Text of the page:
The Seven Basic Plots by Christopher Booker Overcoming

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The Seven Basic Plots by Christopher Booker

The Seven Basic Plots by Christopher Booker

Overcoming the Monster A terrifying, all-powerful, life-threatening monster whom the hero must confront in

Overcoming the Monster A terrifying, all-powerful, life-threatening monster whom the hero must confront in a fight to the death. An example of this plot is seen in Beowulf, Jack and the Beanstalk, and the Wizard of Oz.

Rags to Riches Someone who has seemed to the world quite commonplace is shown

Rags to Riches Someone who has seemed to the world quite commonplace is shown to have been hiding a second, more exceptional self within. Think the ugly duckling, Jane Eyre and Clark Kent.

The Quest From the moment the hero learns of the priceless goal, he sets

The Quest From the moment the hero learns of the priceless goal, he sets out on a hazardous journey to reach it. Examples are seen in The Odyssey, The Count of Monte Cristo, and Raiders of the Lost Ark.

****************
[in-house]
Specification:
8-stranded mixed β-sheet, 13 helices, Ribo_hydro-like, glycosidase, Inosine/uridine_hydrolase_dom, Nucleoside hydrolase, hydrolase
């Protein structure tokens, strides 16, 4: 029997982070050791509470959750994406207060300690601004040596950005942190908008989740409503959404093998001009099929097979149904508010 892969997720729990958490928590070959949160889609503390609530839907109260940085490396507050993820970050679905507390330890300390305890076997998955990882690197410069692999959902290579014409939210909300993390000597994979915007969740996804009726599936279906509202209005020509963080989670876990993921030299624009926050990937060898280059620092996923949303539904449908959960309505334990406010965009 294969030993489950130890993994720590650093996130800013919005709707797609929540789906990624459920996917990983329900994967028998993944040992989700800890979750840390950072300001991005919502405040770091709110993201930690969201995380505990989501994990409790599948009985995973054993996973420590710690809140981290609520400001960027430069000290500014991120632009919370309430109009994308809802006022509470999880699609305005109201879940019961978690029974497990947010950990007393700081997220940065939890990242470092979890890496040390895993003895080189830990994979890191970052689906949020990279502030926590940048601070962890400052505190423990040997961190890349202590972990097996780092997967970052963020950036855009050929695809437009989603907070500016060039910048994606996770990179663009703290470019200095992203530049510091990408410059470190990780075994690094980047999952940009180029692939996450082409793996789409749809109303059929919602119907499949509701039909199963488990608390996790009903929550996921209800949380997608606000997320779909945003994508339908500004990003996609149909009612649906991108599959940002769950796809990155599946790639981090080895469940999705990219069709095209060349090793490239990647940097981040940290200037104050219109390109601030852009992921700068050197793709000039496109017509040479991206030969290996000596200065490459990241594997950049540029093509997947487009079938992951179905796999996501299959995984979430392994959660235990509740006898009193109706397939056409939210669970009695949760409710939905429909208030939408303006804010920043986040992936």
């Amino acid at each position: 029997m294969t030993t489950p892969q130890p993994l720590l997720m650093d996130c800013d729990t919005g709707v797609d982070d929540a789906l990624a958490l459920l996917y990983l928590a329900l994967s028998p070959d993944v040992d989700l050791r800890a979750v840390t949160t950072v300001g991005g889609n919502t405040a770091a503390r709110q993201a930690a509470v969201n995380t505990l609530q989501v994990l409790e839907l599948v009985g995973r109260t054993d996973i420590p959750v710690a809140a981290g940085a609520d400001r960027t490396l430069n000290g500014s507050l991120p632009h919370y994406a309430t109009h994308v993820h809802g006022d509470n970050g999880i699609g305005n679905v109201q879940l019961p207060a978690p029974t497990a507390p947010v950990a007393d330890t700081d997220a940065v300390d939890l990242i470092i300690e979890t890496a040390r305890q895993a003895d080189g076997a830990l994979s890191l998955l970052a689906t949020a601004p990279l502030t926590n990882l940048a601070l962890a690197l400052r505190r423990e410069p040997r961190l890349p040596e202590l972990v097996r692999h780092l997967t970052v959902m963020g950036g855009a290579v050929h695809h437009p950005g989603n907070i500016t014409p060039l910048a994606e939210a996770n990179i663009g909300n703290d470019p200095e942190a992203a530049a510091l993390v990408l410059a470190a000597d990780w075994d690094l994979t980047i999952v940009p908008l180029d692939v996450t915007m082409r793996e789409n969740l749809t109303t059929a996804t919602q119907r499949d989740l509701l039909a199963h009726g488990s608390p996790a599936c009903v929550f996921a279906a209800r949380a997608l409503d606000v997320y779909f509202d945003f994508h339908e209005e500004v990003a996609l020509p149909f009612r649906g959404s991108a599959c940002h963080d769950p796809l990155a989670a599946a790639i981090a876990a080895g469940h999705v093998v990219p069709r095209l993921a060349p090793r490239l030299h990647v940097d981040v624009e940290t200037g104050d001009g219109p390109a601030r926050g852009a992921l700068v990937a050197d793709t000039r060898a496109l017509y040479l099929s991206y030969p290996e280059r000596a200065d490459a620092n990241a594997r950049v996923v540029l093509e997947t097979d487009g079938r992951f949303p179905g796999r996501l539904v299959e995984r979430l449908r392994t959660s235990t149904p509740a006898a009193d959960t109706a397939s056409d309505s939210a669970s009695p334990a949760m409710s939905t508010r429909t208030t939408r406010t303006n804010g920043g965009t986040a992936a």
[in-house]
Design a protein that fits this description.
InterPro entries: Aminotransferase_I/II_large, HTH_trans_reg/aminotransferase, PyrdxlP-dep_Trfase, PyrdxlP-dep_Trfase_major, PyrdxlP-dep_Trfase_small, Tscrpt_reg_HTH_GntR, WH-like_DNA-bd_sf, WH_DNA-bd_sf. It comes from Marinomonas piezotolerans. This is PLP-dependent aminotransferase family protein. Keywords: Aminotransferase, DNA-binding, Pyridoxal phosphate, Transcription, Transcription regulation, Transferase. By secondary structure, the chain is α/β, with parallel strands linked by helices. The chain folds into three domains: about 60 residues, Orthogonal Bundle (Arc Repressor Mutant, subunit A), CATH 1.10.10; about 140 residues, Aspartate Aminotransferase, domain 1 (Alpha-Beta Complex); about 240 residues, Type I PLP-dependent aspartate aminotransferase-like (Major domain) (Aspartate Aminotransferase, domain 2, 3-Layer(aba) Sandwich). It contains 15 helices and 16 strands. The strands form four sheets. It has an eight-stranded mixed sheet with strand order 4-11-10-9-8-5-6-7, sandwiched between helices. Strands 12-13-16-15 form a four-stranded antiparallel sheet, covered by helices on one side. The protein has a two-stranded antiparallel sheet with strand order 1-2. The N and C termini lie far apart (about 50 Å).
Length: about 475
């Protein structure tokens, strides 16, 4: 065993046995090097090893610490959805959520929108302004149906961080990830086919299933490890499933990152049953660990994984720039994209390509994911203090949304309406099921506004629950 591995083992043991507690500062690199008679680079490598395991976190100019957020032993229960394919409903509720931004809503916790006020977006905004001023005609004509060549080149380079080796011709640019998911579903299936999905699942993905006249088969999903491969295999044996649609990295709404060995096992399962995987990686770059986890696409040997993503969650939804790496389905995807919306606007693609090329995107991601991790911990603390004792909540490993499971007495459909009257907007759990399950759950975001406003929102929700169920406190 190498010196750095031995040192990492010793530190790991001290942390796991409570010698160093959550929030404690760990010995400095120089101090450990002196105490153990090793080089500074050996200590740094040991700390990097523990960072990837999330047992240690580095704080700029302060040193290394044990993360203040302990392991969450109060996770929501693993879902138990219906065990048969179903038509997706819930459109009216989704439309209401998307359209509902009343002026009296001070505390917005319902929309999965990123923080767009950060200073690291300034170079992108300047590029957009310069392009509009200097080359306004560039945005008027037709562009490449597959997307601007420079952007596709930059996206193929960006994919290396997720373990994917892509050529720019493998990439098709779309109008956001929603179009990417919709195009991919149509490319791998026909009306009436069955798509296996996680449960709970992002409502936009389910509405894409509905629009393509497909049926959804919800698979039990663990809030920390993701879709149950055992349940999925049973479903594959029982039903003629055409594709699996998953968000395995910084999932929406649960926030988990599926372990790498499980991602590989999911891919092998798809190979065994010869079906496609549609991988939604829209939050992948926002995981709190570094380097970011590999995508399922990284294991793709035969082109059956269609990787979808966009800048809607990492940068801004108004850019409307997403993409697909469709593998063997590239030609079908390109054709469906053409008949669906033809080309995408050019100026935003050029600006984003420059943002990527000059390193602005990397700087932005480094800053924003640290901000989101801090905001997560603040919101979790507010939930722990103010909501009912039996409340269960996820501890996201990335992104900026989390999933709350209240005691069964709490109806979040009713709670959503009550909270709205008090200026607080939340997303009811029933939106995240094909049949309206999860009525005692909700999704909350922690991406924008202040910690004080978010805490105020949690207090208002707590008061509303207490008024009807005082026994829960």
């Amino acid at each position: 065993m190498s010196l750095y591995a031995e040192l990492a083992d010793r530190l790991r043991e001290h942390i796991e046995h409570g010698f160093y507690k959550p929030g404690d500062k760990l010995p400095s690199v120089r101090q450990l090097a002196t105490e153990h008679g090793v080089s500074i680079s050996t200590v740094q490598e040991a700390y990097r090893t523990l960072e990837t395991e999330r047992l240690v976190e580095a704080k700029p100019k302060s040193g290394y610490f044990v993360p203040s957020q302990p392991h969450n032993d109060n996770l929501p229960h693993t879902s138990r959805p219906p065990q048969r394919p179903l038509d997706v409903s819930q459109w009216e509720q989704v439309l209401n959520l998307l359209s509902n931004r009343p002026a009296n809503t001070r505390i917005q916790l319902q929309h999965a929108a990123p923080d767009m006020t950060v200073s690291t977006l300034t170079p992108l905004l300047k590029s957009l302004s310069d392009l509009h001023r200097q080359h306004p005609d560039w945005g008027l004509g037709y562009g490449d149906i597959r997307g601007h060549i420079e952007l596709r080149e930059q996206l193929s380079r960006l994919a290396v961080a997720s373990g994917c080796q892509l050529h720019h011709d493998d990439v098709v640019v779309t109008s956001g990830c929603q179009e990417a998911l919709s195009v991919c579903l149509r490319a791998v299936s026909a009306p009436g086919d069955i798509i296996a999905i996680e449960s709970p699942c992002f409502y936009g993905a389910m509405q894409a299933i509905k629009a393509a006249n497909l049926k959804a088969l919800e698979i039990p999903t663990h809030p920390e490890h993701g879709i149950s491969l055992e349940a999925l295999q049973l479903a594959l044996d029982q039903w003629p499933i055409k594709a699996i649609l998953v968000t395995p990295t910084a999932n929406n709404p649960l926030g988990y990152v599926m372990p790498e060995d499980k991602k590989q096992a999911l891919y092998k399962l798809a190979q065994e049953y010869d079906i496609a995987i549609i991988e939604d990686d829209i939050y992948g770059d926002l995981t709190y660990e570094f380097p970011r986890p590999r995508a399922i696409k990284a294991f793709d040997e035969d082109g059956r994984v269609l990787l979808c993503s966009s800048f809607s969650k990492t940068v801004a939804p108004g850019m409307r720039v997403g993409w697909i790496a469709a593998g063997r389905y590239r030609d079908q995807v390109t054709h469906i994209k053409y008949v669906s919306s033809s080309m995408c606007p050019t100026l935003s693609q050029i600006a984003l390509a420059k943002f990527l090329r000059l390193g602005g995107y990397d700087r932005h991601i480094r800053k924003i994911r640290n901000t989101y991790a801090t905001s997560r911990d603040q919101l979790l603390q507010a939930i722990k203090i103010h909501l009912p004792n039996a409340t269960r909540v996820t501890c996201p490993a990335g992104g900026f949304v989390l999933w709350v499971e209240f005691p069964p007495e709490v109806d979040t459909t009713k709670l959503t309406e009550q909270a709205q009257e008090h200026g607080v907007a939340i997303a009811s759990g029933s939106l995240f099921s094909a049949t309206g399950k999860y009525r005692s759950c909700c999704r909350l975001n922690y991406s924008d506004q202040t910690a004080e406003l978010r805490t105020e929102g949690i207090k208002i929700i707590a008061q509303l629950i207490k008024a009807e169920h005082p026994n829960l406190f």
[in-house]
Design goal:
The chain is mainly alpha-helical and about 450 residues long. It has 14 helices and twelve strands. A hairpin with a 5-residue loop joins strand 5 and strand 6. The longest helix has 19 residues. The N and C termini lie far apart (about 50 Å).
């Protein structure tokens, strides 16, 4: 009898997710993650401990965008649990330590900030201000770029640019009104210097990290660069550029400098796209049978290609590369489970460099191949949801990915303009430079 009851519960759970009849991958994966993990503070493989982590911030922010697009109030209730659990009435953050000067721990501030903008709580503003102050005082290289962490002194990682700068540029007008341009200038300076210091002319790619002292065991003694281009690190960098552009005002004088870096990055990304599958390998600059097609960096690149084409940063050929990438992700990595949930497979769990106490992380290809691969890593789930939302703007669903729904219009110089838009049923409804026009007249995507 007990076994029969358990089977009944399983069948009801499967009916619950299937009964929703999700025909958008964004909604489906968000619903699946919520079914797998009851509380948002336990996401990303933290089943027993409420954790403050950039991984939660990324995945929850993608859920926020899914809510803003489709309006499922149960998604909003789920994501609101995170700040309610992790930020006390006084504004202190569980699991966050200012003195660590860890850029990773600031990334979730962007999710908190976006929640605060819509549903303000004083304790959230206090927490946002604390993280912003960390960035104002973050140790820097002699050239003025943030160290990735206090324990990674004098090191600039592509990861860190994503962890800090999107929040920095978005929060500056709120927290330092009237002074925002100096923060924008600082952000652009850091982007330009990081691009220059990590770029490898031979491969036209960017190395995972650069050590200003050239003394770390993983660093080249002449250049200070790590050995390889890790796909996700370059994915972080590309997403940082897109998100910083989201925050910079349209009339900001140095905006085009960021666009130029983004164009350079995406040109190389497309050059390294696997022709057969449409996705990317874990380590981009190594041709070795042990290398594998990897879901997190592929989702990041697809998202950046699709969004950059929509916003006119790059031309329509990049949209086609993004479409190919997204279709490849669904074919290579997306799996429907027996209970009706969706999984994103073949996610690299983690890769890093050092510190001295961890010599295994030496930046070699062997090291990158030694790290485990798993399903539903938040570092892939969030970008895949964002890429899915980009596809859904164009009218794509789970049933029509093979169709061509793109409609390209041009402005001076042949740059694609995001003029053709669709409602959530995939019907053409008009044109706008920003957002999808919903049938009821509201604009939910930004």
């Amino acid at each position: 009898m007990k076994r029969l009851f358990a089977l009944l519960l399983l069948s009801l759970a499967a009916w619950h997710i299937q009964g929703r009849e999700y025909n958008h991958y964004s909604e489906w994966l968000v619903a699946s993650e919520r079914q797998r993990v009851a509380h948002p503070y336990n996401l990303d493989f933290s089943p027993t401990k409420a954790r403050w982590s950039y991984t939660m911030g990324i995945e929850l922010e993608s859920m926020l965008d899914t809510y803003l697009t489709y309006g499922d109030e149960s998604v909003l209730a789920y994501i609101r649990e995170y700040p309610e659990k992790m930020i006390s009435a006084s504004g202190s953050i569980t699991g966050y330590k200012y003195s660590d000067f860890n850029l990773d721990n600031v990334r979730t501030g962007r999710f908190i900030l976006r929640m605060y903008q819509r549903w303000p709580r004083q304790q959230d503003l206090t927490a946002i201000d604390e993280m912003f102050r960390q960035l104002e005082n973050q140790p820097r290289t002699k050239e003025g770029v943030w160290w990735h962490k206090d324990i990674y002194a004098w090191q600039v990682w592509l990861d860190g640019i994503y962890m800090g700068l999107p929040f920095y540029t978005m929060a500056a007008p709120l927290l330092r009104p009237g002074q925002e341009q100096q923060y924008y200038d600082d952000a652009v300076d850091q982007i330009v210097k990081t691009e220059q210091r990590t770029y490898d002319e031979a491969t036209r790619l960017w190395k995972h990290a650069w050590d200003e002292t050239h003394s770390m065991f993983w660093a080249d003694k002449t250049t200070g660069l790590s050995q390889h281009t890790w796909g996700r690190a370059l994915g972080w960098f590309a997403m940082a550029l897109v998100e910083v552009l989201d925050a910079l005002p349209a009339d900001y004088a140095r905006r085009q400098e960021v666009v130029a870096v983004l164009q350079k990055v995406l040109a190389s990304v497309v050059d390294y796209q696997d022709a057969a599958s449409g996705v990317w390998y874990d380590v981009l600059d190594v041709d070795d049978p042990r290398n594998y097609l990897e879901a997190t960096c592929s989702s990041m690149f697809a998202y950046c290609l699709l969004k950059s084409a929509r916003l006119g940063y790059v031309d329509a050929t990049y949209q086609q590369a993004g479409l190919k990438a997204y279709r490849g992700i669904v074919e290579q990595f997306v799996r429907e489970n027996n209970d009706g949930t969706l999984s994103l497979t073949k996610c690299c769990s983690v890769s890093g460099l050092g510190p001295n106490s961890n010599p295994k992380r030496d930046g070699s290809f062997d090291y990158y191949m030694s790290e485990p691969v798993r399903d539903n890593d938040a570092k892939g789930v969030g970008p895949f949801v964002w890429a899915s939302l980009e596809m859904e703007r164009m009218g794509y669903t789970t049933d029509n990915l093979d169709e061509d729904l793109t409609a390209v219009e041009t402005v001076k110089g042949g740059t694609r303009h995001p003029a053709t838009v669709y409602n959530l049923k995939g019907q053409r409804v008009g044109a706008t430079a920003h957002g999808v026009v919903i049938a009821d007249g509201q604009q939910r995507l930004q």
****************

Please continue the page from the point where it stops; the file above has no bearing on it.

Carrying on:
Voyage and Return The hero or heroine and a few companions travel out of

Voyage and Return The hero or heroine and a few companions travel out of the familiar surroundings into another world completely cut off from the first. While it is at first marvelous, there is a sense of increasing peril. After a dramatic escape, they return to the familiar world where they began. Alice in Wonderland The Wizard of Oz are obvious examples; but the classic Gone with the Wind also embodies this basic plotline.

Comedy Following a general chaos of misunderstanding, the characters tie themselves and each other

Comedy Following a general chaos of misunderstanding, the characters tie themselves and each other into a knot that seems almost unbearable; however, to universal relief, everyone and everything gets sorted out, bringing about the happy ending. Shakespeare’s comedies come to mind, as do Jane Austen’s perfect novels.

Tragedy A character through some flaw or lack of self-understanding is increasingly drawn into

Tragedy A character through some flaw or lack of self-understanding is increasingly drawn into a fatal course of action which leads inexorably to disaster. King Lear, Hamlet, Bonnie and Clyde—all flagrantly tragic.

Rebirth There is a mounting sense of threat as a dark force approaches the

Rebirth There is a mounting sense of threat as a dark force approaches the hero until it emerges completely, holding the hero in its deadly grip. Only after a time, when it seems that the dark force has triumphed, does the reversal take place. The hero is redeemed, usually through the life-giving power of love. Many fairy tales take this shape; also found in stories like It’s a Wonderful Life.

These universal storylines can be found in books, movies, the nightly news and your

These universal storylines can be found in books, movies, the nightly news and your local newspaper. It’s your assignment to find them….